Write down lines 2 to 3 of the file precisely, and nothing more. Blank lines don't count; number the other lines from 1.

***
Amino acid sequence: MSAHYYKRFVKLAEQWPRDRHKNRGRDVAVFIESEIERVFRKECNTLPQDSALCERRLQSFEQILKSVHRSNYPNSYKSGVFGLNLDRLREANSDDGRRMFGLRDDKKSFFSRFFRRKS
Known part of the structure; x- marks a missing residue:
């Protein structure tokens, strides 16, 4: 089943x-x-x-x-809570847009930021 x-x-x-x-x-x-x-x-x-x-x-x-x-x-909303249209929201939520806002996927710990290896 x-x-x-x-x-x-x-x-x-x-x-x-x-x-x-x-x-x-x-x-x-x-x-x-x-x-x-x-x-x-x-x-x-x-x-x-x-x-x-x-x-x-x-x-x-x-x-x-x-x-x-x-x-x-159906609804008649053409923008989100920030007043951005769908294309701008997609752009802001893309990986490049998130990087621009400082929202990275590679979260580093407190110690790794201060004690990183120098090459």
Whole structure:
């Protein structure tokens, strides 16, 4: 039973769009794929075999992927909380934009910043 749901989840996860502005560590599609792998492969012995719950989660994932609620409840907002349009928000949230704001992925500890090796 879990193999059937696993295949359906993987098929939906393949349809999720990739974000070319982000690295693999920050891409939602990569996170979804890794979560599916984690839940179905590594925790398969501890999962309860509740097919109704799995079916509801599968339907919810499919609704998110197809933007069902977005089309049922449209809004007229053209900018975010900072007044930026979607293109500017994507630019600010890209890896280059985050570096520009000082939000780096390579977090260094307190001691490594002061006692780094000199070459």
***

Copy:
Known part of the structure; x- marks a missing residue:
């Protein structure tokens, strides 16, 4: 089943x-x-x-x-809570847009930021 x-x-x-x-x-x-x-x-x-x-x-x-x-x-909303249209929201939520806002996927710990290896 x-x-x-x-x-x-x-x-x-x-x-x-x-x-x-x-x-x-x-x-x-x-x-x-x-x-x-x-x-x-x-x-x-x-x-x-x-x-x-x-x-x-x-x-x-x-x-x-x-x-x-x-x-x-159906609804008649053409923008989100920030007043951005769908294309701008997609752009802001893309990986490049998130990087621009400082929202990275590679979260580093407190110690790794201060004690990183120098090459």